"God of justice and compassion, protect all children from abuse and deliver us from hate."

That was part of the closing prayer delivered Monday by Shawn McKnight, bishop of the Jefferson City diocese, after a listening session at Our Lady of Lourdes Church about the Catholic sex abuse crisis.

There was raw emotion and thoughtful analysis among participants who spoke for more than an hour. McKnight will use the information he gathered Monday and at other listening sessions at the U.S. Conference of Catholic Bishops next week.

"There are a lot of common themes," McKnight said after the session. He said he thinks and feels the same as many of those who spoke.

"We're all united in this one desire that this crisis would be solved as Christ would want us to," McKnight said.

Steve Concannon, an attorney in Boonville, referred to a list of "reflection questions" in the program. One was: Do you think bishops should resign if it is found they are culpable in enabling sexual abuse?

"We talked about credibility earlier," Concannon said. "Why is this even a question? It's insulting that this is even a question."

Another speaker said the priests are committing crimes and need to be held criminally accountable. Yet another said that justice demands that the victims be compensated.

One participant identified the problem as "homosexual predation on young men."

David Clohessy, St. Louis director of the Survivors Network of Those Abused By Priests, said by phone Monday that the Bishop's listening session is meaningless on its own.

"They don't make a single child safer," Clohessy said. "They don't expose a single predator. They don't discipline a single enabler."

He said almost 7,000 priests have been accused of assaulting almost 100,000 children.

"That did not happen because some bishop neglected to do a listening session," Clohessy said.

Republican Missouri Attorney Gen. Josh Hawley, who is running for the U.S. Senate against incumbent Democratic U.S. Sen. Claire McCaskill. Hawley in August announced an investigation of clergy sex abuse in Missouri, but SNAP, Clohessy's group, dismissed it as "playing politics" and worthless because Hawley is not issuing subpoenas, but instead relying on voluntary cooperation of the church.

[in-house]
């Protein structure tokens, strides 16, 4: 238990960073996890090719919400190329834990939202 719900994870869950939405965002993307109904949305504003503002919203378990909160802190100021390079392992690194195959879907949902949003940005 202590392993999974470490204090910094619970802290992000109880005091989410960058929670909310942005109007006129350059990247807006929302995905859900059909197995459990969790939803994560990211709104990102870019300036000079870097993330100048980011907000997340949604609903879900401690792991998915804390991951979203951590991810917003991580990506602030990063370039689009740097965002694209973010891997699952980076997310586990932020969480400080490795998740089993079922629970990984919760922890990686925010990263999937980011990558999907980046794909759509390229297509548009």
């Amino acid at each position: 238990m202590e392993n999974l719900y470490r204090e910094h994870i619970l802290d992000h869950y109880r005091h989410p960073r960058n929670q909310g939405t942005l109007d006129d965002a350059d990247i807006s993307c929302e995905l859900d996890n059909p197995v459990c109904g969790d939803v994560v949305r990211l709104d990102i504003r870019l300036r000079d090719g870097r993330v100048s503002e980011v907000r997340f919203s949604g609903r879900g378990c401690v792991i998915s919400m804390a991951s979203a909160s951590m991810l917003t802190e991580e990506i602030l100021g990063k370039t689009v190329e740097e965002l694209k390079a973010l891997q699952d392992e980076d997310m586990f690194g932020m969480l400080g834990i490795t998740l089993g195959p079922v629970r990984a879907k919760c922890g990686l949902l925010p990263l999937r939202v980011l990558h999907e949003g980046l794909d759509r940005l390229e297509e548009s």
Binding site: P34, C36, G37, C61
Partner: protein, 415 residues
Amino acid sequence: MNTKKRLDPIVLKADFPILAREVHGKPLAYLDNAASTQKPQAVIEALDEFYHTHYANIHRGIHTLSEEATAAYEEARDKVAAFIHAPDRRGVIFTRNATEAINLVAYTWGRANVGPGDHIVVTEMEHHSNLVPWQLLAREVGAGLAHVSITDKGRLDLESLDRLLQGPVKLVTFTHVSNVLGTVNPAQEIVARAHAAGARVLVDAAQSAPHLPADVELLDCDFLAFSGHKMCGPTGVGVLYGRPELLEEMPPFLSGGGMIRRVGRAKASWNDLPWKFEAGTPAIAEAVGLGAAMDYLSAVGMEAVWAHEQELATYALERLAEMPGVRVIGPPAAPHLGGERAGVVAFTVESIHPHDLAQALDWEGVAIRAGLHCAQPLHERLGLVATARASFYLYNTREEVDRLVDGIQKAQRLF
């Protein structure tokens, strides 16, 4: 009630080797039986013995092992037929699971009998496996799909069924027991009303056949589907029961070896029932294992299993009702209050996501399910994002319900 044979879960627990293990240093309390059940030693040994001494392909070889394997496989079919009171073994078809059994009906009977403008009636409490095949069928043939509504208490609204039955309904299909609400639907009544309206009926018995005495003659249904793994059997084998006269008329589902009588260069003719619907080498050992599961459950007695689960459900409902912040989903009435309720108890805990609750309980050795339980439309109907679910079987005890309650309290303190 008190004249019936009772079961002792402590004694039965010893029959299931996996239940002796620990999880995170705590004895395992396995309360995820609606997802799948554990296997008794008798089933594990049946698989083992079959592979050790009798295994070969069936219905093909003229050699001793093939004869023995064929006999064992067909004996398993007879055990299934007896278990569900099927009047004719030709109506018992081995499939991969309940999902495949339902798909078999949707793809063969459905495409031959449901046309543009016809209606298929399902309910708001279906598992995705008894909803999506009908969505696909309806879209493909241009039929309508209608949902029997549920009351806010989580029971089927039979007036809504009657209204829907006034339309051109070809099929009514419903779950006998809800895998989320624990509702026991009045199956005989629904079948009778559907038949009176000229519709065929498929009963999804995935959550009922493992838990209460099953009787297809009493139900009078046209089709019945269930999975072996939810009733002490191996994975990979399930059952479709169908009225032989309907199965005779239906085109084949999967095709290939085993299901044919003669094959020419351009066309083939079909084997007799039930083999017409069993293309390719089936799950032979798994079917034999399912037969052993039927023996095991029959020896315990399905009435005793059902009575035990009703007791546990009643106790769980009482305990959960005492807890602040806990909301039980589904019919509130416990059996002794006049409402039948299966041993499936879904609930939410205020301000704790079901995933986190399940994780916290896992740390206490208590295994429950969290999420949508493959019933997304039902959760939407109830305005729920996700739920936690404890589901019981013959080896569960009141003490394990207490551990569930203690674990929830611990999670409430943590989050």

The Missouri Attorney General's office on Monday didn't provide an update on the status of the investigation.

Clohessy said the bishop and his colleagues are scared.

"Step back," Clohessy said the bishop is saying with the listening sessions. "We're handling this ourselves. You don't need to stick your noses in here."

A priest who later was convicted of abusing more than 30 boys, lived in the rectory of Our Lady of Lourdes in Columbia for a time in 1985, but the diocese said he had no official role. Fred Lenczycki was convicted in Illinois in 2004  and was released to live with his sister in 2009, according to the Chicago Tribune. He was declared "sexually violent" in Illinois, according the to story.

Letters and other documents related to Lenczycki are in online files of St. Paul, Minn., law office of Jeff Anderson & Associates.

In a Jan. 14, 1985, letter, Lenczycki left his address at Our Lady of Lourdes and wrote that he had celebrated mass at St. James. A Jan. 16, 1985, letter to Joseph Imesch, bishop in Joliet, Ill., was written on Our Lady of Lourdes letterhead.

"There is no way I can tell you  how much I appreciate all the support you've given me," the priest wrote to the Illinois bishop. "As I've said before, I know I've caused you some difficulty and I'm sorry for that. I never imagined things would get so complicated, involving and disturbing so many people. I'm anxious for the time when I can return the pound of flesh to you."

Helen Osman, director of communications for the Jefferson City diocese, wrote in an email that the dioceses has no documentation indicating Lenczycki requested permission to serve as a priest in the diocese. She wrote that he was in the state of California by mid-March 1985, according to documents in the attorneys' file.

"The Diocese of Jefferson City has received no allegations against Frederick Lenczycki," Osman wrote.

McKnight sought to impress those in attendance that he wants to resolve the problem of sexual abuse by priests.

"I can guarantee you I will take with me the passion and the seriousness about this issue that you have delivered," McKnight said at the close of the session. "Things cannot continue as it has."